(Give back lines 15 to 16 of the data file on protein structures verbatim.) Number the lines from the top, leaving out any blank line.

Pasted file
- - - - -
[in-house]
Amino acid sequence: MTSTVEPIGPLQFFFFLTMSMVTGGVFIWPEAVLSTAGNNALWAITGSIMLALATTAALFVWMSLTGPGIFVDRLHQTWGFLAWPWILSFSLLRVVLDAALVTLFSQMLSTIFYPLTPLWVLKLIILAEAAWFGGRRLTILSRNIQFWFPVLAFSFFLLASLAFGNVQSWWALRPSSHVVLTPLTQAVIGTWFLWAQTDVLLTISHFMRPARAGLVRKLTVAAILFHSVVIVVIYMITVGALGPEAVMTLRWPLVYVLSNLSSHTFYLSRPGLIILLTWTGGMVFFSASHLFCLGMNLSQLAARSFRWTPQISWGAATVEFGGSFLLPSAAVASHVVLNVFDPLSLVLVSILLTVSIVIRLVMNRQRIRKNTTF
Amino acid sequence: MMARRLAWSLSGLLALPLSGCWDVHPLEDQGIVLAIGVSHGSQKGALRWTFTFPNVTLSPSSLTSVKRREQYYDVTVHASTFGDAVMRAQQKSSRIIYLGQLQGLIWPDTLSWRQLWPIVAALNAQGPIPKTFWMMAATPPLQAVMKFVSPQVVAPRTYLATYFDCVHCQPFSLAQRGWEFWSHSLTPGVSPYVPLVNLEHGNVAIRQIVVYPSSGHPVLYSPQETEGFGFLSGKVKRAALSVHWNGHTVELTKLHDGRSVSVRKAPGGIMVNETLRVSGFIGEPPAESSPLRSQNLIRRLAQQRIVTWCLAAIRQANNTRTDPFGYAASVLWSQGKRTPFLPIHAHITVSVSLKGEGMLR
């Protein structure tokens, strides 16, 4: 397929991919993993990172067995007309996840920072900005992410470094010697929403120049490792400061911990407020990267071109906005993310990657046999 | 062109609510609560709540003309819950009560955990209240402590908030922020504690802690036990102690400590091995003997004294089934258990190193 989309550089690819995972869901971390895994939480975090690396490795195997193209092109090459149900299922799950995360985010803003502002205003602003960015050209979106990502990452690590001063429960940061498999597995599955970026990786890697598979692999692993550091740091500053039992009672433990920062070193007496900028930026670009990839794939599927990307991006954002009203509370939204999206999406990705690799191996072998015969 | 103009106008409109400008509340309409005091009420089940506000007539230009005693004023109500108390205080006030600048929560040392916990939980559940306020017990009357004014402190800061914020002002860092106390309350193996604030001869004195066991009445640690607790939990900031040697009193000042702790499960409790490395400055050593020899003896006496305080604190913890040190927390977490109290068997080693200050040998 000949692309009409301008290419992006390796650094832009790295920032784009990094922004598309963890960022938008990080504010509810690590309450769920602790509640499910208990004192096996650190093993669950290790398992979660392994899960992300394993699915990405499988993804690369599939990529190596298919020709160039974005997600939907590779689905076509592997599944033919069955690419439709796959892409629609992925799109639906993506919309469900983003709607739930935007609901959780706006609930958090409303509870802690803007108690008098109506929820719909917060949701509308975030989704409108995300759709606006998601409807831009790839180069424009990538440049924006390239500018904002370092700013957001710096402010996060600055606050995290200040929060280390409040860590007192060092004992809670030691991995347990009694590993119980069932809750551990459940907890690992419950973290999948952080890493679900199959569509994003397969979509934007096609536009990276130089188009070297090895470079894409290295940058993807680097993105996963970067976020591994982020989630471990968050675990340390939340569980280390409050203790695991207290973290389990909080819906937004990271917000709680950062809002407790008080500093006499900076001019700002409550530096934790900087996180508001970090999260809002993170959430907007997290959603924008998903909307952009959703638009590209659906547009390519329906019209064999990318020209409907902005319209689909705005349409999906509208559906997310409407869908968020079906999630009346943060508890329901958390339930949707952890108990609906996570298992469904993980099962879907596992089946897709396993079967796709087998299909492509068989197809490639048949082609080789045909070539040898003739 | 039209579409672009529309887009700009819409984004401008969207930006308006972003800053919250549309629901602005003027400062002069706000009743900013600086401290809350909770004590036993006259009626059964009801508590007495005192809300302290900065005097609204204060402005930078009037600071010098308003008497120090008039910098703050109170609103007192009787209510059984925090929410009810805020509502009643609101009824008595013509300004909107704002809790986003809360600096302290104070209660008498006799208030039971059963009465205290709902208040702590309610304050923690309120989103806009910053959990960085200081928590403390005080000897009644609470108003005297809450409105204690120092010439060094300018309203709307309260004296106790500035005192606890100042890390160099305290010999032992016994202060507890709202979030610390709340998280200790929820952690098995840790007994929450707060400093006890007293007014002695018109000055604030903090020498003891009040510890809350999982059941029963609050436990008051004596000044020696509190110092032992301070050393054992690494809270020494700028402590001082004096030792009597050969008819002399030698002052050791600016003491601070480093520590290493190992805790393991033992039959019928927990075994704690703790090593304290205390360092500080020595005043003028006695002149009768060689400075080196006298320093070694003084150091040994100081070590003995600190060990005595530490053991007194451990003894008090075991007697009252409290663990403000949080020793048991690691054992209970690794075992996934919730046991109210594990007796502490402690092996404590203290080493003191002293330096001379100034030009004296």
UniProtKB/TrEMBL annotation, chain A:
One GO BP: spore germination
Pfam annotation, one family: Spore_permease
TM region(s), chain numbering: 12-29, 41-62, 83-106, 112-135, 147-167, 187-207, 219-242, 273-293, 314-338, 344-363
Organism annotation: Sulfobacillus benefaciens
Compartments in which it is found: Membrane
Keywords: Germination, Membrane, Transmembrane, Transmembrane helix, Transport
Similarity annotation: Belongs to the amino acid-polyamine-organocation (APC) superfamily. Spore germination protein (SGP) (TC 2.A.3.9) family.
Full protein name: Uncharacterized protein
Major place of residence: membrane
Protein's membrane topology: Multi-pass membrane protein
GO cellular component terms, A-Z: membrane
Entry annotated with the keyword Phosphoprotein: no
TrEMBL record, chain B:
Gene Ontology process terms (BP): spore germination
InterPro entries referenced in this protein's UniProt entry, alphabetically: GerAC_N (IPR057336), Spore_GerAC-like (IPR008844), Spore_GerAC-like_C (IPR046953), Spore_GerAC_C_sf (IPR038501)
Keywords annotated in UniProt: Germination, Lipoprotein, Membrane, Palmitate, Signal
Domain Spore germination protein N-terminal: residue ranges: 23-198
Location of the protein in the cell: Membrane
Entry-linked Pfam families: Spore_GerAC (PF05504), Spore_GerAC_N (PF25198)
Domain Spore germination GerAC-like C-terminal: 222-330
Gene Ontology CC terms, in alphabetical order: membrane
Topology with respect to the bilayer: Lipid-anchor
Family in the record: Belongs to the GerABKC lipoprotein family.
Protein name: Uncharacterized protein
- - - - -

Protein's membrane topology: Multi-pass membrane protein
GO cellular component terms, A-Z: membrane